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Backward Compatibility on the Xbox One: How’s the List?

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It’s almost time.  That famed firmware coming November 12, 2015 to the Xbox One that not only brings NXE (New Xbox Experience/Windows 10) but also backward compatibility with Xbox 360 games.  Honestly many users will never use this feature, despite what Microsoft marketing has you believing.  Then again, this seems to be the first generation where many of my friends straight up sold off last gen’s console and entire library to help fund their newest purchase, so who knows.  Either way you will soon be able to play Xbox 360 games on your Xbox One, which will broaden the library of games you can play and hopefully see you returning to the classics that graced last generation.  Oh wait, there’s a catch.  You don’t get every game from the Xbox 360 and in fact you don’t even get 10 percent of every game released – digitally as well as at retail – but rather a list of exactly 104 titles available at launch.  If you didn’t see a long list of games you don’t intend to ever replay coming, then you probably don’t have much experience with how things like this work.  Now given how well the backward compatibility fared on the Xbox 360 for original Xbox (a good majority of the games were eventually playable in some form) we may very well see an impressive list spawn but for now there are only a strong handful of games worth boasting about.  They are all long games though so you could probably kill about six months trying to replay what will be available.  As of this morning the official list is out, I personally have been using the feature for almost six months, and the following article will tell you how it works, what to expect, and give my take on what games are worth utilizing this feature for.

How Does It Work?

The functionality is built right into the Xbox One, so for the most part it works as you would expect.  If you purchased the game digitally (including Games for Gold) it will appear in the list of games ready to be installed, just select and download.  If you own a disc version of the game you will have to insert the disc and choose to install it like an Xbox One game, which results in the system verifying the disc is valid and then triggering a download of the game proper.  This means you may have a wait on your hands because the average Xbox 360 game with this new backward compatibility wrapper weighs in about 7-9 GB and if you own DLC those will automatically download as well and could increase your download considerably.  Once downloaded a digital game can be played directly whereas a disc-based game must have the disc in the console to launch, just like now.  If you have for whatever reason downloaded a game and the DLC hasn’t been downloaded (or you purchased it after downloading the game) then you can find DLC available in the “manage game” area of any install.  Note: Microsoft has announced that all 360 Games with Gold will now be backward compatible so you may want to get in the habit of grabbing titles of interest as they get announced because you no longer need a 360 to play them.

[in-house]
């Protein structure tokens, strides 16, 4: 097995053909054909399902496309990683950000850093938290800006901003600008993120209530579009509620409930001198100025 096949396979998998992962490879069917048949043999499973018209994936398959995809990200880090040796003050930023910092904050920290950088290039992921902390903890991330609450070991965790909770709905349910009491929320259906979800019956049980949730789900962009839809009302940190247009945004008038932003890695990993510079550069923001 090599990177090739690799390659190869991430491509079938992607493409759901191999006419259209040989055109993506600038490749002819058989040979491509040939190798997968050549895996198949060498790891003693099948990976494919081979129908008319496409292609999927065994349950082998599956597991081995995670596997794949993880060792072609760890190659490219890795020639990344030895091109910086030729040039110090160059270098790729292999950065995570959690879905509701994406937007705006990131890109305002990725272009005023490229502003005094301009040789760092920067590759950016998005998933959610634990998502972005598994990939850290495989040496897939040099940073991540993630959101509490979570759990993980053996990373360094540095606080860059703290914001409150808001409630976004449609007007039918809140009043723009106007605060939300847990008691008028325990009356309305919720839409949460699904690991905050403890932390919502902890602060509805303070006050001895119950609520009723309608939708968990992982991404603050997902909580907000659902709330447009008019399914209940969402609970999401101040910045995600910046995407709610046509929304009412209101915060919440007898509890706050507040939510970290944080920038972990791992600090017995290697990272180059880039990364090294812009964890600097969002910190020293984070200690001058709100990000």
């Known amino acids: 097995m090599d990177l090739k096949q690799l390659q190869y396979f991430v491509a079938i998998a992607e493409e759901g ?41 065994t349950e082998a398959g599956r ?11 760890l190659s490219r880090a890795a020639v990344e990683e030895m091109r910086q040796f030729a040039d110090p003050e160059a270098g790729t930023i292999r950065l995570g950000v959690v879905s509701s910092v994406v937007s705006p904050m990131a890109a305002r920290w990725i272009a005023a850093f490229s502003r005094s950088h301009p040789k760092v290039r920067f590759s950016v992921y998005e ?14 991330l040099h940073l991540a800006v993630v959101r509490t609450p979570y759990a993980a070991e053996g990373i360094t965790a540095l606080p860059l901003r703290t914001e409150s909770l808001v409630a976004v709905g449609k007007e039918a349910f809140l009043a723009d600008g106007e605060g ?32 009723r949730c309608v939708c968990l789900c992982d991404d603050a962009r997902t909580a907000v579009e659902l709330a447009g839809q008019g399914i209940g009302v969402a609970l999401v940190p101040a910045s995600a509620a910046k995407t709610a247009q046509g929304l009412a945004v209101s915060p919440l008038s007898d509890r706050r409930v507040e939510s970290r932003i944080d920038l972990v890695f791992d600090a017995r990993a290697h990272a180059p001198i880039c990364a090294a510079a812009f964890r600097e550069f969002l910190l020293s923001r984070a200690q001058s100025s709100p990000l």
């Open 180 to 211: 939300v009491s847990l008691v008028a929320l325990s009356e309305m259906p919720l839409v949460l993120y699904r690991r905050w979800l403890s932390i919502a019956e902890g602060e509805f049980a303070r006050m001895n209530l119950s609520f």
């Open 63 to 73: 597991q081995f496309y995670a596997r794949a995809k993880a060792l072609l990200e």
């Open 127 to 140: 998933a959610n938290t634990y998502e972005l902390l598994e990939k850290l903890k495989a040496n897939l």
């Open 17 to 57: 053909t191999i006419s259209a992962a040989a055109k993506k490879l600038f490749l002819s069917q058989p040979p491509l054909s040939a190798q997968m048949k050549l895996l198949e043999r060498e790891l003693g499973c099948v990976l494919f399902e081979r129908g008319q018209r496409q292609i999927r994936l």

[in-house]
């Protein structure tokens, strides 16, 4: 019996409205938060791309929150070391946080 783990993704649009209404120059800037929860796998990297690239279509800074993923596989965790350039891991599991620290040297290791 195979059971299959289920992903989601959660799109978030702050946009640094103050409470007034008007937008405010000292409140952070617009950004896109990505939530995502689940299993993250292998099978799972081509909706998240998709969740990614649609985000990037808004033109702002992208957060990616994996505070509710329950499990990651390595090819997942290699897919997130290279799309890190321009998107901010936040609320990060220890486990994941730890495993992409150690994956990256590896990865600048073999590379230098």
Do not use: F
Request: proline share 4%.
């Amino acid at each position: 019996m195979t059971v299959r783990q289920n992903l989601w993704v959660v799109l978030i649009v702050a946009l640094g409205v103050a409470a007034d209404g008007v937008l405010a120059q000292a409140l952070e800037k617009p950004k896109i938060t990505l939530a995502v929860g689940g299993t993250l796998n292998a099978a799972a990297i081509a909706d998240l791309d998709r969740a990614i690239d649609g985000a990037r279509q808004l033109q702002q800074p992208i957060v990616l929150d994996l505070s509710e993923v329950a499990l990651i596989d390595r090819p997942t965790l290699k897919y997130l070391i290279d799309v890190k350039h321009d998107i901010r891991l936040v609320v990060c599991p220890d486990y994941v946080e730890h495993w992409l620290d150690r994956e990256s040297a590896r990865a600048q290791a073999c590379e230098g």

As for how you can use, play, and purchase items for these games it can be a little different because you’re basically emulating the 360.  One of the biggest initial changes is if you continue to use your regular Xbox 360 you may start getting notifications that your gamertag was used on another system.  This is expected because your Xbox One running a 360 is more of a virtual 360 and therefore will be recognized as a “new console.”  Your saves used on the Xbox One with 360 games will solely be in the cloud so be sure and upload your 360 game saves to the cloud on any game you intend to use on your Xbox One.  The saves are so small and your space so large (10 GB at present) that it won’t take long or be a big deal.  If you have no saves in the cloud the system will simply start a new save game in the cloud for you.  All cloud saves can be re-downloaded and used on a 360 after starting life on the One, so essentially it’s full compatibility.  DLC is as mentioned before also compatible and can be downloaded at the time of install or in the “manage game” section.  If you would like to buy games/content for the 360 for use on your Xbox One, it gets slightly complicated.  You either have to boot up an Xbox 360 console and make purchases in the store on that console that will also make them available to your Xbox One or you can use the Xbox website to log in and make your purchases that will also immediately become available on your One.  The reason for this is that the marketplace/store was not emulated.  If you would like a video of how this all works in action, I have made a demo video below (this was created before DLC was compatible).  All Xbox 360 games running on the Xbox One are capable of features on that console such as screenshot capture, streaming, and multi-function (snap).